Share This: 

What is the difference between college and university in Canada?

Universities focus on academic and professional programs. Colleges focus more on career training and trades.

The words "college" and "university" have different meanings in different English-speaking countries. In Canada, colleges and universities are different institutions - usually, colleges have different kinds of programs than universities do.

Colleges

Colleges of applied arts and technology have full-time and part-time diploma and certificate programs. Many also offer Bachelor degrees in applied areas of study.

Colleges tend to be more directly career-oriented than universities. This means they offer practical or hands-on training. Generally, a certificate program is 1 year or less, and a diploma program is 2 or 3 years.

Colleges also have pre-trades and apprenticeship training, language training and skills upgrading.

Some Ontario colleges focus on agriculture, health science, art or military programs.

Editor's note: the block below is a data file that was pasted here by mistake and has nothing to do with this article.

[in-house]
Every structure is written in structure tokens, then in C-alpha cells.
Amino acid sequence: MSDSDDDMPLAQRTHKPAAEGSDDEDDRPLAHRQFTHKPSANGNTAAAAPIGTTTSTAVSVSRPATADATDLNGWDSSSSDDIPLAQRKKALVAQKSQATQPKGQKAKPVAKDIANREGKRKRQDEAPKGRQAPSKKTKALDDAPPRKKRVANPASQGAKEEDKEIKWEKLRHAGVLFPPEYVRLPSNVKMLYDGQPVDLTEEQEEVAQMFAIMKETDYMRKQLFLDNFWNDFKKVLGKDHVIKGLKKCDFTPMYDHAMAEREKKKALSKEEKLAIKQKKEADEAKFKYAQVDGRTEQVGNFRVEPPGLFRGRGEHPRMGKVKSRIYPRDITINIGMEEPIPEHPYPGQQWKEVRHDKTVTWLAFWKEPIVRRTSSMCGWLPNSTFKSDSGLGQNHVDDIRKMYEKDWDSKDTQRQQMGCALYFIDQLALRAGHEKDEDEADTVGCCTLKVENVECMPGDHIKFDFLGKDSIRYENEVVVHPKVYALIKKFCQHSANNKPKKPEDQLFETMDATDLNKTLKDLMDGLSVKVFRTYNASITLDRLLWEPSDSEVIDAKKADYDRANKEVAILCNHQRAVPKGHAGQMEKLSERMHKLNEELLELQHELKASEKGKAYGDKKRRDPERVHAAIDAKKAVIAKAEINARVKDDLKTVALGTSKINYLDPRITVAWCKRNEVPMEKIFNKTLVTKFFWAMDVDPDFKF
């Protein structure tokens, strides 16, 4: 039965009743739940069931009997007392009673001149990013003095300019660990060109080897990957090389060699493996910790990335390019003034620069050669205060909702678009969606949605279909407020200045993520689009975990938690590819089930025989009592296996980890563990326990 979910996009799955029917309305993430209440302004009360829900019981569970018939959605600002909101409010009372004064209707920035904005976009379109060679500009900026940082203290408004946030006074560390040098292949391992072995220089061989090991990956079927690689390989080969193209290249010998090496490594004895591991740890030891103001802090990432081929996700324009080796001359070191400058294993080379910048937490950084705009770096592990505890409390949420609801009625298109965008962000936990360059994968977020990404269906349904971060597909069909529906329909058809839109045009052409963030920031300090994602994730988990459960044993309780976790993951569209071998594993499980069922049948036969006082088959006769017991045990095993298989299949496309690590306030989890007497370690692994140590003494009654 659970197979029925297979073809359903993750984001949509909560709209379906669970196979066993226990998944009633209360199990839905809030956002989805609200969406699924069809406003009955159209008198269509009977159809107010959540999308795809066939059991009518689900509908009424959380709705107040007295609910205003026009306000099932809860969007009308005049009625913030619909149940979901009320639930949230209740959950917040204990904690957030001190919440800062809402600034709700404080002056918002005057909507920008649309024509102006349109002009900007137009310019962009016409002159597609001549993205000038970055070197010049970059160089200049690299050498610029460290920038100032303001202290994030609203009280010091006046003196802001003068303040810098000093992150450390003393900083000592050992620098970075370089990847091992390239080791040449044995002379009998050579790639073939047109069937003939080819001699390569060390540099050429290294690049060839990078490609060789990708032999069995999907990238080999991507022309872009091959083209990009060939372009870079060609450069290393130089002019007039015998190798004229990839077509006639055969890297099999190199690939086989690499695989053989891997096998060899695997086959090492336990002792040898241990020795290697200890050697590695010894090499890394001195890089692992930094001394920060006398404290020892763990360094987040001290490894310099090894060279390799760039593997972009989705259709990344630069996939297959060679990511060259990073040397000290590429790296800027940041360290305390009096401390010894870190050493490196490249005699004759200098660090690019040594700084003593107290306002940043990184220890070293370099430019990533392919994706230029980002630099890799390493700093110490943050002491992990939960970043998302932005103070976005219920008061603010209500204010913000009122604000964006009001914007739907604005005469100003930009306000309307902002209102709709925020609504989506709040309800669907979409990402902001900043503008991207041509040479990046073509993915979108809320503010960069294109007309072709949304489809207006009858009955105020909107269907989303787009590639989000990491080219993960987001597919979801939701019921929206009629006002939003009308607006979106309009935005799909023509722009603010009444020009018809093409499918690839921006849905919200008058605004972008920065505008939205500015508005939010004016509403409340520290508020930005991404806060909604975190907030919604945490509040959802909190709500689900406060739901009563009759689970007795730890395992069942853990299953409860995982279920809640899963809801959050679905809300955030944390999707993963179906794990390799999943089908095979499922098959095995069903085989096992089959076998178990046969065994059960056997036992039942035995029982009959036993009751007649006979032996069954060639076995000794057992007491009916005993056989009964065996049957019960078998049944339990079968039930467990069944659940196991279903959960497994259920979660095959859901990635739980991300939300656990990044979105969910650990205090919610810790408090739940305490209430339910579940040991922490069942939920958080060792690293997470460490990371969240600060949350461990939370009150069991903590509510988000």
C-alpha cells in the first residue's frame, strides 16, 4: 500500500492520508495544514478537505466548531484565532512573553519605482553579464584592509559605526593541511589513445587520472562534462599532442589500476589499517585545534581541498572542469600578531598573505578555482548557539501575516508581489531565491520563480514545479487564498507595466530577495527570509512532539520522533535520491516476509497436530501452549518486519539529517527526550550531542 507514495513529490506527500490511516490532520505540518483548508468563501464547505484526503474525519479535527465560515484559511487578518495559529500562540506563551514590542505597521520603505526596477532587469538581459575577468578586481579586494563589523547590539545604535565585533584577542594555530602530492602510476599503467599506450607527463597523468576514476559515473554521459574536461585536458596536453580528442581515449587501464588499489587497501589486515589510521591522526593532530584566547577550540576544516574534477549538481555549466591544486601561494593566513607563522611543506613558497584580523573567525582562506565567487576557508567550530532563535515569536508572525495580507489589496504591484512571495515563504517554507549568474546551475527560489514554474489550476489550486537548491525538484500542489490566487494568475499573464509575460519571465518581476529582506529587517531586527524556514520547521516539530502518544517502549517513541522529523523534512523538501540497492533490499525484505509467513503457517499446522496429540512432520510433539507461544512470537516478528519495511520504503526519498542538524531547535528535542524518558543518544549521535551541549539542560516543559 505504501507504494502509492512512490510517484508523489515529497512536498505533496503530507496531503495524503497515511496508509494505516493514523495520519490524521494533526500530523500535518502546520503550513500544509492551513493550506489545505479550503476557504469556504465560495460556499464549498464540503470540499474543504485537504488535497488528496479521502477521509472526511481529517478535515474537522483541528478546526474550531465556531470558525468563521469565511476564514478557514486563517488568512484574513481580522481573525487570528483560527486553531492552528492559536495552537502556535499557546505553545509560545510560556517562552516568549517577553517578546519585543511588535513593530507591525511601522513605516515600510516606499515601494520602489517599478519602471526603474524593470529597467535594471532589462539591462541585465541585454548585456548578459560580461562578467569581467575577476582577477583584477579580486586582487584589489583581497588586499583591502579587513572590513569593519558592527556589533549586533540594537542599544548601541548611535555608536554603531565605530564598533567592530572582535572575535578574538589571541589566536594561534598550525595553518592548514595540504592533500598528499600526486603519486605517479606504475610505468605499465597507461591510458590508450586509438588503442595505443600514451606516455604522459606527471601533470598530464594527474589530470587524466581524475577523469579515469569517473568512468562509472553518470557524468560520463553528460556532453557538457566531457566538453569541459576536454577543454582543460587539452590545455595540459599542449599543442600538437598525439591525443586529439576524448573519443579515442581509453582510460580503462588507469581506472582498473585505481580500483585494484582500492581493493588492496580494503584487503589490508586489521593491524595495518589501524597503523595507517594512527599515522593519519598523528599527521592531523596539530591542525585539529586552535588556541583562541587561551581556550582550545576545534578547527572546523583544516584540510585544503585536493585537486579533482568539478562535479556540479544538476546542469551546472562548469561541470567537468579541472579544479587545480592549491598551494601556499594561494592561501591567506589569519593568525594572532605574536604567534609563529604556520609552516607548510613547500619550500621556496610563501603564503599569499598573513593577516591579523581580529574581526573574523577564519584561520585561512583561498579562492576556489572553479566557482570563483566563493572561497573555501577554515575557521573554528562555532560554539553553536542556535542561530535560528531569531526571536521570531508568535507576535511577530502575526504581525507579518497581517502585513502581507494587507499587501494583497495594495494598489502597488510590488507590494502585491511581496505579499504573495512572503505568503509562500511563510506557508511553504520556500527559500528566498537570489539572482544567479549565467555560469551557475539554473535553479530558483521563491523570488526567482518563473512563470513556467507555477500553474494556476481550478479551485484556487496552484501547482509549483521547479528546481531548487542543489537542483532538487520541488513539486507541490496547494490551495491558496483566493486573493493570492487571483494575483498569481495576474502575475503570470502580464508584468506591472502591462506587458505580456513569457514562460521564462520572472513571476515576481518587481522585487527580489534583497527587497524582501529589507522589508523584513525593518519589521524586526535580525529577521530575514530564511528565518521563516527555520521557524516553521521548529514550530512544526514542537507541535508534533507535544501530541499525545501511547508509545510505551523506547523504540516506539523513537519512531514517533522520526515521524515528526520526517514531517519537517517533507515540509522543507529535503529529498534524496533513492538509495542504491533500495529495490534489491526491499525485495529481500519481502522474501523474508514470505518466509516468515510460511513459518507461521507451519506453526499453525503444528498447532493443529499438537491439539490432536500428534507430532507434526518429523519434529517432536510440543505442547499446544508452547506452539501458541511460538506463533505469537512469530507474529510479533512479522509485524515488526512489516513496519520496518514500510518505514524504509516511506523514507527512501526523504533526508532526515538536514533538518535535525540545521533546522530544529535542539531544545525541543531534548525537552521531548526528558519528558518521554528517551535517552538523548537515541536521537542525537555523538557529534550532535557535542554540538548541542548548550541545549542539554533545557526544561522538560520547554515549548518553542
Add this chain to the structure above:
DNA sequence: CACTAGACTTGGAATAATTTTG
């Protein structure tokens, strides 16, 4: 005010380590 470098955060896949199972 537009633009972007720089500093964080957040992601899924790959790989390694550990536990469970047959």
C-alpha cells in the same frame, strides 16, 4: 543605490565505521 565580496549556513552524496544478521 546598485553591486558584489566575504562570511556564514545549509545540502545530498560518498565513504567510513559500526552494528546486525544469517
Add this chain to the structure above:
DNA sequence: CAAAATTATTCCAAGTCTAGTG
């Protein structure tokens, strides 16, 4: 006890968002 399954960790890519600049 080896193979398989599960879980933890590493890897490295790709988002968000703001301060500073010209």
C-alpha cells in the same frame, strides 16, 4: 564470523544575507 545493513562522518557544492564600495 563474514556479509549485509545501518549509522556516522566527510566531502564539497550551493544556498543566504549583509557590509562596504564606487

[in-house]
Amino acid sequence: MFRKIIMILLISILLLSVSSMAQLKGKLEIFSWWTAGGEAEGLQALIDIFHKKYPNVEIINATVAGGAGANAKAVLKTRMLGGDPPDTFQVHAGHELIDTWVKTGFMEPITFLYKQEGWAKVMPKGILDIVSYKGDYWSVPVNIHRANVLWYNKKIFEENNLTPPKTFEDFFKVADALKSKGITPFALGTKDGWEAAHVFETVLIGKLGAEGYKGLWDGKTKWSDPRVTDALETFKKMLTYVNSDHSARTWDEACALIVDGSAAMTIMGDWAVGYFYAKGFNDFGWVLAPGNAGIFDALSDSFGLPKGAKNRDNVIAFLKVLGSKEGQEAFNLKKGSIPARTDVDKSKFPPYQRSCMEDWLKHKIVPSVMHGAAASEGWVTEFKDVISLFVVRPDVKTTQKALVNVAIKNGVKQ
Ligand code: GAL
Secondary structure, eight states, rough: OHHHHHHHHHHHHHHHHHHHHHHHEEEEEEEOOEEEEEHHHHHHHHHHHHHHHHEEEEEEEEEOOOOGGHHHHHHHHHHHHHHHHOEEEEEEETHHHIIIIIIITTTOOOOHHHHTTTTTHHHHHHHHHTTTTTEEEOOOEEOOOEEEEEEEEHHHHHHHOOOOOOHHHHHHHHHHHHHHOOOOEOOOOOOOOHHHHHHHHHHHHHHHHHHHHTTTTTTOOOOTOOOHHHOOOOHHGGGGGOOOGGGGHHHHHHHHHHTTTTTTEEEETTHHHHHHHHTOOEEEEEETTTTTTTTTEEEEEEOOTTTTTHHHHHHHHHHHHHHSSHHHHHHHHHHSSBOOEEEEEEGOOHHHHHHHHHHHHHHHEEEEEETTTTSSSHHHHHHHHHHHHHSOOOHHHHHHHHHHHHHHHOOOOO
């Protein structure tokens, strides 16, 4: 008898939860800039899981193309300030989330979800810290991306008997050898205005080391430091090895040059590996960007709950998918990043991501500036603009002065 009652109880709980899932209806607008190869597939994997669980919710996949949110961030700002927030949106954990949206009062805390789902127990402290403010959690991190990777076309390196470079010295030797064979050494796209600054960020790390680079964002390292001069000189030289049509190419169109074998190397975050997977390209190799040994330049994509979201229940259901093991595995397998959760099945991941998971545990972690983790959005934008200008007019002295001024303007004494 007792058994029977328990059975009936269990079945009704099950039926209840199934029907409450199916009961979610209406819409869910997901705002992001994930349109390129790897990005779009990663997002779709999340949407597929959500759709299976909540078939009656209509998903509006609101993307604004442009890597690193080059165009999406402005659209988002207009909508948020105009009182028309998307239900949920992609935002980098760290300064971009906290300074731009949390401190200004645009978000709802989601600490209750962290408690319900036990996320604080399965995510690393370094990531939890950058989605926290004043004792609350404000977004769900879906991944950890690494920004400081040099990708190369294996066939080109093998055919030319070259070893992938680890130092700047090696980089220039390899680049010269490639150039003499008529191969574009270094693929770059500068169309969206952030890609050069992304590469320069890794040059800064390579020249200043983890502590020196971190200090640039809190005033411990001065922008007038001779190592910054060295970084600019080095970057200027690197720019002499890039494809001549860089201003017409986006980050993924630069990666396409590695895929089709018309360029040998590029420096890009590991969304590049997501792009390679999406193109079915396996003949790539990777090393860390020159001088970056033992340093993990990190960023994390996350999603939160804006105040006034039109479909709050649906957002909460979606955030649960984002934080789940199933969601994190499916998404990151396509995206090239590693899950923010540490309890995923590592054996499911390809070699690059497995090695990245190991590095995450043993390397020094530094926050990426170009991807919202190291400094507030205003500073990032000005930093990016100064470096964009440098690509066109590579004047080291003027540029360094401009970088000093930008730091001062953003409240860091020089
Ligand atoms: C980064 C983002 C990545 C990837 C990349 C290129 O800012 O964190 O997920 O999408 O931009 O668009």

Universities

Universities are institutions that can grant degrees. All universities have undergraduate (bachelor's) degrees, and many have graduate (Master's and doctoral) programs. Universities in Ontario are independent. Although they receive funding from the Ministry of Training, Colleges and Universities, each institution is self-governing and regulates its own programs, admissions and faculty.

Undergraduate degrees usually take 3-4 years to complete, if you study full-time. An "honours degree" (the fourth year) is usually required if you want to go to a graduate program (Master's degree). Many universities allow students to combine subject areas (e.g., a Bachelor of Science in Chemistry and Biology) into a "double major."

Many universities also offer professional programs, such as medicine, dentistry and law. In some cases, you can begin these programs after 2 or 3 years of undergraduate study.

An educational institution cannot grant a degree in Ontario unless the provincial government has given it this right. There are private institutions in Ontario that have been given partial degree-granting authority. All of these schools are denominational, which means that they have a religious affiliation.

For more information

Last Updated: December 22, 2011
In My Language

    Visit InMyLanguage.org to read this article in:

Arabic
Arabic
Chinese (Simplified)
Chinese (Simplified)
French
French
Gujarati
Gujarati
Pilipino (Tagalog)
Pilipino (Tagalog)
Punjabi
Punjabi
Russian
Russian
Spanish
Spanish
Tamil
Tamil
Urdu
Urdu
Follow Us